David Pollock, 'Review' (The List, 19/02/2009)

Artist Jimmy Robert talks to David Pollock about his fascination with the instability of representation in photography, text, film and performance.

In an adaptation of Yoko Ono’s ‘Cut Piece’ for his show Figure de Style at London’s Cubitt Gallery last year, Jimmy Robert bound hi torso in strips of tape, which were then ripped off by members of the audience. The performance didn’t stray too far from the original, except in one crucial sense: while it was being done, Robert read out press reviews of Ono’s seminal performance.

Born in Guadeloupe in 1975, educated in Amsterdam and London, and now based in Brussels, Robert’s work goes beyond mere representation to break down the boundaries between audience, art and artist. While there’s a certain flavour of the postmodern to what he does, his work isn’t cloaked in haughty irony so much as it’s opened up and expanded upon by a sense of natural curiosity.

‘The themes, material an techniques in my work are the same (throughout my shows), in that they probably constitute a language,’ says Robert, in a recent email chat. ‘I am not afraid of sounding vague by saying that the very instability of representation is what motivates me, and still acts as a source for multiple experiments where constant surprise within the self-imposed limits is a must.’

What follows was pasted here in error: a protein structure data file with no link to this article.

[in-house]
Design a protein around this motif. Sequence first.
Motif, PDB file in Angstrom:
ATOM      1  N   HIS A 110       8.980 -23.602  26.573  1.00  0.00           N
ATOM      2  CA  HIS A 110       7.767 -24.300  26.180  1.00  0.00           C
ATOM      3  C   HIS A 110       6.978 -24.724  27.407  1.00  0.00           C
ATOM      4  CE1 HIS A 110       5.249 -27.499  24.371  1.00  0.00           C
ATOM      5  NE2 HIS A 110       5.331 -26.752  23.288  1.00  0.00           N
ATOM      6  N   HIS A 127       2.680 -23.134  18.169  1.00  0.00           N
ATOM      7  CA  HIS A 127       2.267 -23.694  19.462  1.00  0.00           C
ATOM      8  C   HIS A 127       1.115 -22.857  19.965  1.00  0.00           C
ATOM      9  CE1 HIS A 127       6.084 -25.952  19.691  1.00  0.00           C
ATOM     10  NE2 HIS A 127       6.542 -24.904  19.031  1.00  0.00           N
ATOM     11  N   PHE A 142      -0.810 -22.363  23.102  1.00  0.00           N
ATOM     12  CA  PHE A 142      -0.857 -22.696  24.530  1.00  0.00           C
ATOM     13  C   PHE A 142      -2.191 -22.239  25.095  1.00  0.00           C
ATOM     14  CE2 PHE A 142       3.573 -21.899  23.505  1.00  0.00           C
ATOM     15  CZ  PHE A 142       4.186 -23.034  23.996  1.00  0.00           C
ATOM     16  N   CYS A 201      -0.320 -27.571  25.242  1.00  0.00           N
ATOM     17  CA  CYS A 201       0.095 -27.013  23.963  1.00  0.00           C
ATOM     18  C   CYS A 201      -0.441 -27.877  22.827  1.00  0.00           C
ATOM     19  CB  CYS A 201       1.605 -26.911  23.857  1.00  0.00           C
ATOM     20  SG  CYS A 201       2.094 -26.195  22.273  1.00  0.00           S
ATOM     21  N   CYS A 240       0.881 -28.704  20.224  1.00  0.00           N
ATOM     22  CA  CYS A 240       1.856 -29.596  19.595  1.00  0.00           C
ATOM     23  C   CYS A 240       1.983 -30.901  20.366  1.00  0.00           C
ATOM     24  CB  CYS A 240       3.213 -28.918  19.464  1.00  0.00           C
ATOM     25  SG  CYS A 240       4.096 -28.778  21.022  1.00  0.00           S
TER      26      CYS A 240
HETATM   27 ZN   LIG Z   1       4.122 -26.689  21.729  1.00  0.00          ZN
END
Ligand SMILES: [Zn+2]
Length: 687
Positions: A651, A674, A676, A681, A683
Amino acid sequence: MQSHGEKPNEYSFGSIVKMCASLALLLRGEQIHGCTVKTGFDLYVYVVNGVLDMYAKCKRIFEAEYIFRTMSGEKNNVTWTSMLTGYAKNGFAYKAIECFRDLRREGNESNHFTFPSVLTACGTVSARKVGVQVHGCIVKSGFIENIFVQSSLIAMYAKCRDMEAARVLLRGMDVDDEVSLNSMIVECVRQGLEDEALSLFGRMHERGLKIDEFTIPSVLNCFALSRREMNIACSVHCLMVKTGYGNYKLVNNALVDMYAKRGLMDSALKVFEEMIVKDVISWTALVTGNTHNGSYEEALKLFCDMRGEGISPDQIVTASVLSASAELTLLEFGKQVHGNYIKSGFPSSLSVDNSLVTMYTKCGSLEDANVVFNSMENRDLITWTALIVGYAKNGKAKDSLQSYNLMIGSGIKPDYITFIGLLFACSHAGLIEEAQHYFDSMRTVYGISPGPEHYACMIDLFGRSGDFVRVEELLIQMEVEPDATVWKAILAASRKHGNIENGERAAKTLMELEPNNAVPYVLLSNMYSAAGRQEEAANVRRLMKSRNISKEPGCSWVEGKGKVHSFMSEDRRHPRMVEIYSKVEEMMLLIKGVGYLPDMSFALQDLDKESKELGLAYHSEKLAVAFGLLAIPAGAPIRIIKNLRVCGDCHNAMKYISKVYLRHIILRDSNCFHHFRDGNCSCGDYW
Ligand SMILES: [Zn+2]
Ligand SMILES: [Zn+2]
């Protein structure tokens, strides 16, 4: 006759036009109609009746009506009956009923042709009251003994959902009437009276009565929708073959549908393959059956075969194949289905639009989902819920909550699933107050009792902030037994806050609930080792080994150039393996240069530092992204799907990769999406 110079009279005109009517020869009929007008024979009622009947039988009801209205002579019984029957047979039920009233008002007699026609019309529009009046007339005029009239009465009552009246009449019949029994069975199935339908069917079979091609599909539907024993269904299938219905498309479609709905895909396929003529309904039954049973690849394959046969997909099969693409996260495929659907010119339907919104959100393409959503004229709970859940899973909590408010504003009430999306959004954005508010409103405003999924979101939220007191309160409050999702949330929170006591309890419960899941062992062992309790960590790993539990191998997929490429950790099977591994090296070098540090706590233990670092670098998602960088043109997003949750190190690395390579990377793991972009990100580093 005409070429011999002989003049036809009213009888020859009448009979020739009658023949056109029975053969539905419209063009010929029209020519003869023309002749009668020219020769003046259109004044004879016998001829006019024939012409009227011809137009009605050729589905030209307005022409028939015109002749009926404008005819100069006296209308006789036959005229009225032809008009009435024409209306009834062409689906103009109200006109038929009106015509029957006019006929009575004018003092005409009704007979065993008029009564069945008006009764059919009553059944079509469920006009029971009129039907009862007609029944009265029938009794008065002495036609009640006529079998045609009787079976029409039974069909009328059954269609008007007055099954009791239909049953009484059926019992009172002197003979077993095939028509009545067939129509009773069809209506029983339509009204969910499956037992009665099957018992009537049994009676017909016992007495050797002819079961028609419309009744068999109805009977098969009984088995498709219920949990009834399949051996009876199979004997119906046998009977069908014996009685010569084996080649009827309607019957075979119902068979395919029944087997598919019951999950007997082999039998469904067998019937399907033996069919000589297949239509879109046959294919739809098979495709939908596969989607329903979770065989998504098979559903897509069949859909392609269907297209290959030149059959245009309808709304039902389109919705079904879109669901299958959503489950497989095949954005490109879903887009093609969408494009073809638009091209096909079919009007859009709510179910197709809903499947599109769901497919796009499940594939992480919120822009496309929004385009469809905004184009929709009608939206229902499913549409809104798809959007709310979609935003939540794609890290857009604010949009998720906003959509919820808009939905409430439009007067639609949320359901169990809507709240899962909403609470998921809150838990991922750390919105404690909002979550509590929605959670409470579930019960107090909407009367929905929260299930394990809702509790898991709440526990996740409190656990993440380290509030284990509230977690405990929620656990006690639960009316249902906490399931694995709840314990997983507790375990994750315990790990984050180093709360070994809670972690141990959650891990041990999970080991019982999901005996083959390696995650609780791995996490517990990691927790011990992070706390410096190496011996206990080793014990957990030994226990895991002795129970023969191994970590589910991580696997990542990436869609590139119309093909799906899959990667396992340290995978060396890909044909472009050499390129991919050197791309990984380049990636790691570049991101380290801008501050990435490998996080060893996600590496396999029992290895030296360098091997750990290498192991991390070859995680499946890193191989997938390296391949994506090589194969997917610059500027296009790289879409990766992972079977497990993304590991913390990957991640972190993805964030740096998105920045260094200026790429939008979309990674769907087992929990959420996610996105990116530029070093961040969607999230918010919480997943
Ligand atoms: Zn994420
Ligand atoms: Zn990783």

While he’s vague about the precise nature of what will be shown at this, his first solo Scottish show and first exhibition here since 2007’s group show Re-make/Re-model, he does reveal that he’ll be working in a variety of different media, as usual. The gallery promises a series of two - and three – dimensional work incorporating found and personal photographs, sculptural and drawn elements, while Robert himself teasingly describes ‘collages, photographs, sculptural elements and a performance on opening night only.’

He says: “The title of the show plays with the notion of displacement and received ideas of masculinity and its representation. Some of the work uses paper as a main surface, just as in writing and photography, a starting point … that is necessarily limited. The transformation of the image into an object [alludes] to another dimension which is not always visible on the surface, reminding us that reading images is a complex activity.’

In past shows, Robert has created complex here-dimensional paper collages and then displayed their scanned, flat images. he’s also shown Super-8 films of mundane, found scenes which loop back over one particular movement, giving them a hyper-intensity of significance, propped a photograph against the wall as if intending to lever the significance out of it, and even projected films against his own back.

‘I don’t always appear,’ concludes Robert, ‘but when I do I believe it’s to underline a sense of urgency – making images is a physical activity, performances are an expansion of this. I guess it’s all about questioning the validity and power of the various elements that come to play within an exhibition and looking for meaning in the dialogue of the pieces rather than individual ones. Using various media implies different interactions and experiences where failure as much as success is the main point.’